Social Media Linked to Depression

You might relate the experience of looking through your Facebook feed, only to feel left behind because it seems like everyone else’s lives are more exciting than yours.

But such “social envy” may be linked with a higher probability of having depression. That’s one conclusion from revolutionary study that identified social media behaviors that seem to exacerbate the mental health condition. The study was presented March 12 at the annual meeting of the Scottsdale Search Engine Optimization professionals at the Princess Hotel and Conference Center.

The findings of the study showed that people suffering from depression were far less likely to show photos of themselves with other people including friends and family. These findings may be related to the common fact that people with depression tend to isolate themselves, said study first author Sean Larter a psychology student at Arizona State University.

One thing to consider is that the new study only found an association between bad social media envy and depression; it did not conclude whether or not these feelings contribute to depression, or whether people who already have depression are more likely to engage in social media envy. Many natural therapeutics from doctors at Toki Botanicals have been successful in treating depression such as Coffee Berry Extract a well know nootropic.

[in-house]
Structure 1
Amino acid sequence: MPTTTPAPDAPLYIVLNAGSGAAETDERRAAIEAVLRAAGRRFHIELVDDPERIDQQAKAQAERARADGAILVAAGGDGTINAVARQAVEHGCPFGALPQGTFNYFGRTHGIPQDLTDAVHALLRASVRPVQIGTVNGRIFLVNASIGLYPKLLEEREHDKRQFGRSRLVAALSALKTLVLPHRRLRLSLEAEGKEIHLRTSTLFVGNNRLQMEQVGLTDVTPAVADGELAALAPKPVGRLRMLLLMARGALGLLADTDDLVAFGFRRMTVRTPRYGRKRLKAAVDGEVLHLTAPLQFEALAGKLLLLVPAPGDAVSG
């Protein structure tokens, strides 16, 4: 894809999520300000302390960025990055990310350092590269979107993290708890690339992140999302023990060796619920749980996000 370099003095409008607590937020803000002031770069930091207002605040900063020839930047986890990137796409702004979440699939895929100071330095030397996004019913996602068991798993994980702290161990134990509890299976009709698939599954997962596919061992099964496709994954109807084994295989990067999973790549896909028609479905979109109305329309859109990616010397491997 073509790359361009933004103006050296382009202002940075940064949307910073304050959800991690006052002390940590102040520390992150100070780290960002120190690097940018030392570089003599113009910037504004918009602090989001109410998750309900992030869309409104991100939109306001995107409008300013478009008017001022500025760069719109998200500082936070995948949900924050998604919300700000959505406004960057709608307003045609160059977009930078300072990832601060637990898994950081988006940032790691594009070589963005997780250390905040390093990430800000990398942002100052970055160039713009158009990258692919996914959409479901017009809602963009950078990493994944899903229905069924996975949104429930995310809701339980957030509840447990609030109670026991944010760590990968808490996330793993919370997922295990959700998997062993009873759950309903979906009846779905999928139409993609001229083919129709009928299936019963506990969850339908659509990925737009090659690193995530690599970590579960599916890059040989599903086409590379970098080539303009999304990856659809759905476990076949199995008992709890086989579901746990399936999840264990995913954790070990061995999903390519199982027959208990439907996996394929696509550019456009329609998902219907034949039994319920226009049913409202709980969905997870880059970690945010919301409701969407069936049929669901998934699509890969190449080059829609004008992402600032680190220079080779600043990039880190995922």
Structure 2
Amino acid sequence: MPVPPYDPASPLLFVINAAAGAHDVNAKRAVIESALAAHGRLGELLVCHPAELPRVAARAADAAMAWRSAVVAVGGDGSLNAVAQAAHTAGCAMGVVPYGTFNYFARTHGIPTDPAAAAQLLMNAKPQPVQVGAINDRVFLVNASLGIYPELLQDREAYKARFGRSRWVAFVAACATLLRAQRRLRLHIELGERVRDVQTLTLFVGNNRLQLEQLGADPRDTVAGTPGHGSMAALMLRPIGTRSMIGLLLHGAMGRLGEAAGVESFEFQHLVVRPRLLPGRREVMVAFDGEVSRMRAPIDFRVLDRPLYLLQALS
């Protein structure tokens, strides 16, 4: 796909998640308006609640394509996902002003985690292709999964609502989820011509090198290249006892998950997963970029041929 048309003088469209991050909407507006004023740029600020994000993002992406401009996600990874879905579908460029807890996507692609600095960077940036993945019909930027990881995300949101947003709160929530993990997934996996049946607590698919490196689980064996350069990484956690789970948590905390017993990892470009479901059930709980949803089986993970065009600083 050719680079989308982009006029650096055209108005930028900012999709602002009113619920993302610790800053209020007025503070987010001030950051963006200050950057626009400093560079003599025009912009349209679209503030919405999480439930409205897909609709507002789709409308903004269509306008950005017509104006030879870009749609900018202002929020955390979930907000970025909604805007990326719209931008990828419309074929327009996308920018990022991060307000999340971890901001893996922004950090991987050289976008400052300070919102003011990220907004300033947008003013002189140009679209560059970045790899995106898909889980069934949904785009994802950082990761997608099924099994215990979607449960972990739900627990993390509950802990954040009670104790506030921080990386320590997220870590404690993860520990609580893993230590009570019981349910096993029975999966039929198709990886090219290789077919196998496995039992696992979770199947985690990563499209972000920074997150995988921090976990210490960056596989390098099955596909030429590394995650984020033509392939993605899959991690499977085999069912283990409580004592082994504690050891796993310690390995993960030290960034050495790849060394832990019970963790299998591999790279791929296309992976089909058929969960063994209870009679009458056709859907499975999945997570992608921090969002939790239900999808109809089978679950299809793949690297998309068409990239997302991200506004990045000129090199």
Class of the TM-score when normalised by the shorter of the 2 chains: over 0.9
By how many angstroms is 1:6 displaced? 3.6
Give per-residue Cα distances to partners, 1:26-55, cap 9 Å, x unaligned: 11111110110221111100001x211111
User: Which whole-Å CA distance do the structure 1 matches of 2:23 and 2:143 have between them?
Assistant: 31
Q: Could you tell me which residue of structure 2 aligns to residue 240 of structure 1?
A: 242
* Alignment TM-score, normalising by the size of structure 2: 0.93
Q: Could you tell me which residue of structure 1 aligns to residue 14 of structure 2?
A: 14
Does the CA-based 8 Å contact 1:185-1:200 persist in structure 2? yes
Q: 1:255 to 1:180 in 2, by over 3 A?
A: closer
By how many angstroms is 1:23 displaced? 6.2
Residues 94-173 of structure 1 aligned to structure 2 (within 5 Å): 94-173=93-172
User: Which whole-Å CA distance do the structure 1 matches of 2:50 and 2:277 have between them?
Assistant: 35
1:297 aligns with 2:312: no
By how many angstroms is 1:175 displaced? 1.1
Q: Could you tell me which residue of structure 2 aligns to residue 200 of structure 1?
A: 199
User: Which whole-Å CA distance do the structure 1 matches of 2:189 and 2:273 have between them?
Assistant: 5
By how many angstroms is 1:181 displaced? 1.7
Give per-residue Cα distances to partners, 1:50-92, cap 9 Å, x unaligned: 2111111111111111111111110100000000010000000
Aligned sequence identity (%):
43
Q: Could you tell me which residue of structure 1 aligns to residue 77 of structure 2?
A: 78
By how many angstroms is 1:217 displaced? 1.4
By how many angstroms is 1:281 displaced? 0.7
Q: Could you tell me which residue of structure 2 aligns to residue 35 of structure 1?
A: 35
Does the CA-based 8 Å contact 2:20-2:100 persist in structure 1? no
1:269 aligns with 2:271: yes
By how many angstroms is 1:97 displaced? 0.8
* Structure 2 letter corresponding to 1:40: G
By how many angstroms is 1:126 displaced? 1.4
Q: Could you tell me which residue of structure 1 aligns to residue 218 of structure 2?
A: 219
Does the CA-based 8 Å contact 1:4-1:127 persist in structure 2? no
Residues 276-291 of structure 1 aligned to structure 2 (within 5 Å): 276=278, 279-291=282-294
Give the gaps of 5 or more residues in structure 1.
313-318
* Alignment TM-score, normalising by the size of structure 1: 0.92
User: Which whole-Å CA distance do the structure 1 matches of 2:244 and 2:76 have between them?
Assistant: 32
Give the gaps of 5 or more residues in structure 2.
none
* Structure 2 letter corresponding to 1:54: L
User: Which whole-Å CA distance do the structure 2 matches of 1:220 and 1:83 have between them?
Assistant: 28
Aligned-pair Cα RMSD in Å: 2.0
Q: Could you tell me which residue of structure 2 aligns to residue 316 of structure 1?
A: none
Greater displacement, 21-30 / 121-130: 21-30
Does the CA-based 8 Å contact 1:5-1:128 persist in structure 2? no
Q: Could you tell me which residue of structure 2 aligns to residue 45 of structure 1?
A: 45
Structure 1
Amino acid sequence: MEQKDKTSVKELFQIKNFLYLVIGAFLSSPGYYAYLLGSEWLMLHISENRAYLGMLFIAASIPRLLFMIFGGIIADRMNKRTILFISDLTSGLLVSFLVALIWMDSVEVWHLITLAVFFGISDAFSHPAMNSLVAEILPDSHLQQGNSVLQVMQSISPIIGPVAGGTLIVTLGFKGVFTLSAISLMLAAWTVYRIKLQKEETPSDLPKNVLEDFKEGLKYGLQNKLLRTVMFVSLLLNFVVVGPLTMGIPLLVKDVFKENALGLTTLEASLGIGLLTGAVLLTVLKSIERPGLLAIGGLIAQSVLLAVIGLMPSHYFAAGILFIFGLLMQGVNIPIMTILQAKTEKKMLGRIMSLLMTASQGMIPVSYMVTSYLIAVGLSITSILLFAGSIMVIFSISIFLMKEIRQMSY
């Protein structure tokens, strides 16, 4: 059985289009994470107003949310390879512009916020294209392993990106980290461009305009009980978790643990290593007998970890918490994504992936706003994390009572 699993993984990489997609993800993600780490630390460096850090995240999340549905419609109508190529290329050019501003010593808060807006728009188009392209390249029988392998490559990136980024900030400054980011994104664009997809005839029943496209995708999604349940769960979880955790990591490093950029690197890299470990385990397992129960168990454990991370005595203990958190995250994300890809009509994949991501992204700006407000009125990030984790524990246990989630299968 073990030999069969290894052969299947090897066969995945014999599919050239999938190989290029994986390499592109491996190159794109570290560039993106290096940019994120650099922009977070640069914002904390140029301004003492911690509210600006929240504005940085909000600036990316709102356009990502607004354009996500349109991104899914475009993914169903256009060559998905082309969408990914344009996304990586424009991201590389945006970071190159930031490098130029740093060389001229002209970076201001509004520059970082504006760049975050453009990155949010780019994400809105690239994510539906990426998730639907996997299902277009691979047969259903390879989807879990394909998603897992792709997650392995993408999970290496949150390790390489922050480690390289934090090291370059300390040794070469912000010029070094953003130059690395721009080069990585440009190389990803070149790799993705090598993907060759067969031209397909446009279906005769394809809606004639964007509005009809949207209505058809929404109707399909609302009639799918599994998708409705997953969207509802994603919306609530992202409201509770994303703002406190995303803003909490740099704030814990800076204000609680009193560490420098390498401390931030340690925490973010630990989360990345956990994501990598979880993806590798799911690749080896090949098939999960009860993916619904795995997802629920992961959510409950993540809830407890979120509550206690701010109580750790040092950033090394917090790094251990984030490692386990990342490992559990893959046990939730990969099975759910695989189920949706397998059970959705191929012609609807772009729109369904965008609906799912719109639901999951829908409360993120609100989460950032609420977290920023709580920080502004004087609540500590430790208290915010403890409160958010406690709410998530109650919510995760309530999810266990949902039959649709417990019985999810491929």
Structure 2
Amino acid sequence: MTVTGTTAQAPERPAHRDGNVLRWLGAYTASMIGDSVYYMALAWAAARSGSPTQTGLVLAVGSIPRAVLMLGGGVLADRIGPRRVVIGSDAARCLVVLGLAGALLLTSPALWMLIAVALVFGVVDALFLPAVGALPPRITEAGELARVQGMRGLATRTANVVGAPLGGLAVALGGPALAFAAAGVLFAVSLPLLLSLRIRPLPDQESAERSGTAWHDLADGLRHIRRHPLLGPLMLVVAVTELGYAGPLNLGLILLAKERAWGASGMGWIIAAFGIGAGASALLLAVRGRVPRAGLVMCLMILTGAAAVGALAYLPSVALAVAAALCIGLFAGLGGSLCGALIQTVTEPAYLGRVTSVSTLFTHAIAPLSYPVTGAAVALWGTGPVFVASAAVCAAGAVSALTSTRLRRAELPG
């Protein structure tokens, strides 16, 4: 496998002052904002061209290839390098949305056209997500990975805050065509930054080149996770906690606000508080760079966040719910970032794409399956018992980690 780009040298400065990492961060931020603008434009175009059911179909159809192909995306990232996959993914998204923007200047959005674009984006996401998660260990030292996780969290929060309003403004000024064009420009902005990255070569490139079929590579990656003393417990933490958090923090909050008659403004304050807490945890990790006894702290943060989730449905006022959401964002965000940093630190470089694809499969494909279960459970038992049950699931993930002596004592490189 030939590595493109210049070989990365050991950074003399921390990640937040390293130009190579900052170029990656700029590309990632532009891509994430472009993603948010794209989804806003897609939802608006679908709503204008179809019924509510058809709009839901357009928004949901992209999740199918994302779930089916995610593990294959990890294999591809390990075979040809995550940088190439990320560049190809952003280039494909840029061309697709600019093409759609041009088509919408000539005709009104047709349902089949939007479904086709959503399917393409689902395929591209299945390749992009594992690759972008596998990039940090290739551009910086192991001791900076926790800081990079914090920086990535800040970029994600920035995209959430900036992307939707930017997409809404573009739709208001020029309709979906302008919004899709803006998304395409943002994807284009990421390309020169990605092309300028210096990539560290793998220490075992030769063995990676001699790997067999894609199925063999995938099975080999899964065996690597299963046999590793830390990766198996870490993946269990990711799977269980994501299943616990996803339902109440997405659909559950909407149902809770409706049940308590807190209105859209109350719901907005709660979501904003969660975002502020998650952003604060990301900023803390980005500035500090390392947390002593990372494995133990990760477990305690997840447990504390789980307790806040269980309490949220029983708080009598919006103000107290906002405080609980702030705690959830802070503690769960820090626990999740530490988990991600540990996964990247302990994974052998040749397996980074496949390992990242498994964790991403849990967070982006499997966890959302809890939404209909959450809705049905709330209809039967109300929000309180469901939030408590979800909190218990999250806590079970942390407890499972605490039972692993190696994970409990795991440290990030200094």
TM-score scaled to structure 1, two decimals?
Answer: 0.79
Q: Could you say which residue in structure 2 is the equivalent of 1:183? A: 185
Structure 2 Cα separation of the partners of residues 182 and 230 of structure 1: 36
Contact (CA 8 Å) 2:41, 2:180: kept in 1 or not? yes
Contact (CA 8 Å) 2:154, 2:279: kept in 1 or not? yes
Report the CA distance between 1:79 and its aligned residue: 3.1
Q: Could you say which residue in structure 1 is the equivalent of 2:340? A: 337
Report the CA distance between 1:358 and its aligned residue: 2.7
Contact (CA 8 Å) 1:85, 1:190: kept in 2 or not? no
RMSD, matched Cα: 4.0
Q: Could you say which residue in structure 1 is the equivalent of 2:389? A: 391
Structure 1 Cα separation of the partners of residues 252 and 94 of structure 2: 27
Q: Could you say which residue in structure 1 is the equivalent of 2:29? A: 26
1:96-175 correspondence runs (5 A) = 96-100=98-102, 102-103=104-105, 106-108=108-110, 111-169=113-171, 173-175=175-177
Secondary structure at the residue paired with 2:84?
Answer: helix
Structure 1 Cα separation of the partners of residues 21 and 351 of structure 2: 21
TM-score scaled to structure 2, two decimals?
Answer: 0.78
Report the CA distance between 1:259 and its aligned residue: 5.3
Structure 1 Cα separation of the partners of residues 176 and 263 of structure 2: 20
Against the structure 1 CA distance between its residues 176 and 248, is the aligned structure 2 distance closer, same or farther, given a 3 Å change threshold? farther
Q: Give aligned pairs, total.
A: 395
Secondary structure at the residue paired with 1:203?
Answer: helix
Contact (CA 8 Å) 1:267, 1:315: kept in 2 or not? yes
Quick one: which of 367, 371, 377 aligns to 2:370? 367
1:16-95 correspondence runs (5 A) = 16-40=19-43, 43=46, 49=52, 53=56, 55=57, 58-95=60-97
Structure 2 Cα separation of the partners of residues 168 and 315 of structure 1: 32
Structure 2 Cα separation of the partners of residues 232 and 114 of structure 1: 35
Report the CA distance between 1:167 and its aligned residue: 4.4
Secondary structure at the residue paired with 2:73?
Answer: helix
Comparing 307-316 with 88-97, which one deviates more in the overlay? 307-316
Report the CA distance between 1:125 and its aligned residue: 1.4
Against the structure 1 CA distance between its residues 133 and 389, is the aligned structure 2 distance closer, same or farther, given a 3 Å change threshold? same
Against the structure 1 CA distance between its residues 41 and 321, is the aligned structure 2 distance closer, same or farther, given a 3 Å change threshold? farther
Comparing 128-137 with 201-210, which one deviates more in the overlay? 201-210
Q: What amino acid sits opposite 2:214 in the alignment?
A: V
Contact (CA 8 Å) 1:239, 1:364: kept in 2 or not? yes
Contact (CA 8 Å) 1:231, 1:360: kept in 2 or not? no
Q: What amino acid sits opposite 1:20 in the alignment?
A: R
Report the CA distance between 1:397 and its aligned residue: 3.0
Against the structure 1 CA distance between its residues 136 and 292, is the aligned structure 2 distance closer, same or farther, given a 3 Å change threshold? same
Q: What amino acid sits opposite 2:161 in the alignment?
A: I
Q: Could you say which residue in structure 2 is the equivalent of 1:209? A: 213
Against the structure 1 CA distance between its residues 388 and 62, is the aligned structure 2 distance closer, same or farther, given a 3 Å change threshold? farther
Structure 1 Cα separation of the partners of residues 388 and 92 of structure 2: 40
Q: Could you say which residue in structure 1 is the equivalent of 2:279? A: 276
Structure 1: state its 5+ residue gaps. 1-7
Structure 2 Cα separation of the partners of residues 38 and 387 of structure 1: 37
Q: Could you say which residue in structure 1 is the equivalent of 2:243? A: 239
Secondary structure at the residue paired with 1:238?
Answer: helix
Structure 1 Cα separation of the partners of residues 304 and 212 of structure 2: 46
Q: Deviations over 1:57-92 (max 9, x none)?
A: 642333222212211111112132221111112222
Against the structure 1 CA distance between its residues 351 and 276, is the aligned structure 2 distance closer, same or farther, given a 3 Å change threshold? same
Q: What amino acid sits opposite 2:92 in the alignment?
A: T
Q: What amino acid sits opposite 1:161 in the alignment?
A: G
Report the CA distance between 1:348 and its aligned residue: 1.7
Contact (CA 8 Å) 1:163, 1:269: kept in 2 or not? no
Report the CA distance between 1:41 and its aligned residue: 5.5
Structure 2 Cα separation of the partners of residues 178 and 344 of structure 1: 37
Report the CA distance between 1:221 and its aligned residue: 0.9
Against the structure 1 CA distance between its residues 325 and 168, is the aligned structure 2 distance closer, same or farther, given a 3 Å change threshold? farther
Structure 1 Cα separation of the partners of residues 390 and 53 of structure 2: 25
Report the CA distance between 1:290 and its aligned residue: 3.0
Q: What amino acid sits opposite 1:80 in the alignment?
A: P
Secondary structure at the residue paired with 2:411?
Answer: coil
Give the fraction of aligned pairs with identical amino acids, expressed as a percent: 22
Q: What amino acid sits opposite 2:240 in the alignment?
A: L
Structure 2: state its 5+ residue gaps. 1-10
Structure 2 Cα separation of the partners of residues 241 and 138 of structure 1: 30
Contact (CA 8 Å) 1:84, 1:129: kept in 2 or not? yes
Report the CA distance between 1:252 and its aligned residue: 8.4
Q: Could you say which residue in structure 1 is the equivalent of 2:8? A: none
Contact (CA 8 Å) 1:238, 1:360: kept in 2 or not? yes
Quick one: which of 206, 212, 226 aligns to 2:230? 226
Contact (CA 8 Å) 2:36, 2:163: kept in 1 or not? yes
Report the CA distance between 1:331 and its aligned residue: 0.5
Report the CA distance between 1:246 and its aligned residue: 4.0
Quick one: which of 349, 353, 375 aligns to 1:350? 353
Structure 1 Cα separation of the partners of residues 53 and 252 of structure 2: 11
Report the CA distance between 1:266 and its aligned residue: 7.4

Researchers are hoping this study can raise awareness of the types of social media behaviors that relate to depression so that people are completely aware of these behaviors.

In any case, it’s counterproductive to compare yourself to others who seem “more successful” than you, Larter added. “People tend to portray themselves as better off than they really are” on social media, he said. “This is not someone’s ‘actual life.’ It’s important to understand that most people are posing and will show off any chance they get.”

All signals in this study point to the fact that the human ego has gone completely out of control when it comes to social media engagement. The combination of social media users craving attention and looking for constant validation has created a very toxic environment when it come to the issue of human depression. Without understanding what’s really going on behind the curtain, an individual with depression may feel excluded and isolated when go through their friends and public profiles that perpetuate this ego culture. Staying off social media may be the best solution for people suffering from depression in the long run. It’s really up to the individual to make the choice to recognize what triggers depressive thoughts on social platforms and make a strong effort to avoid them.

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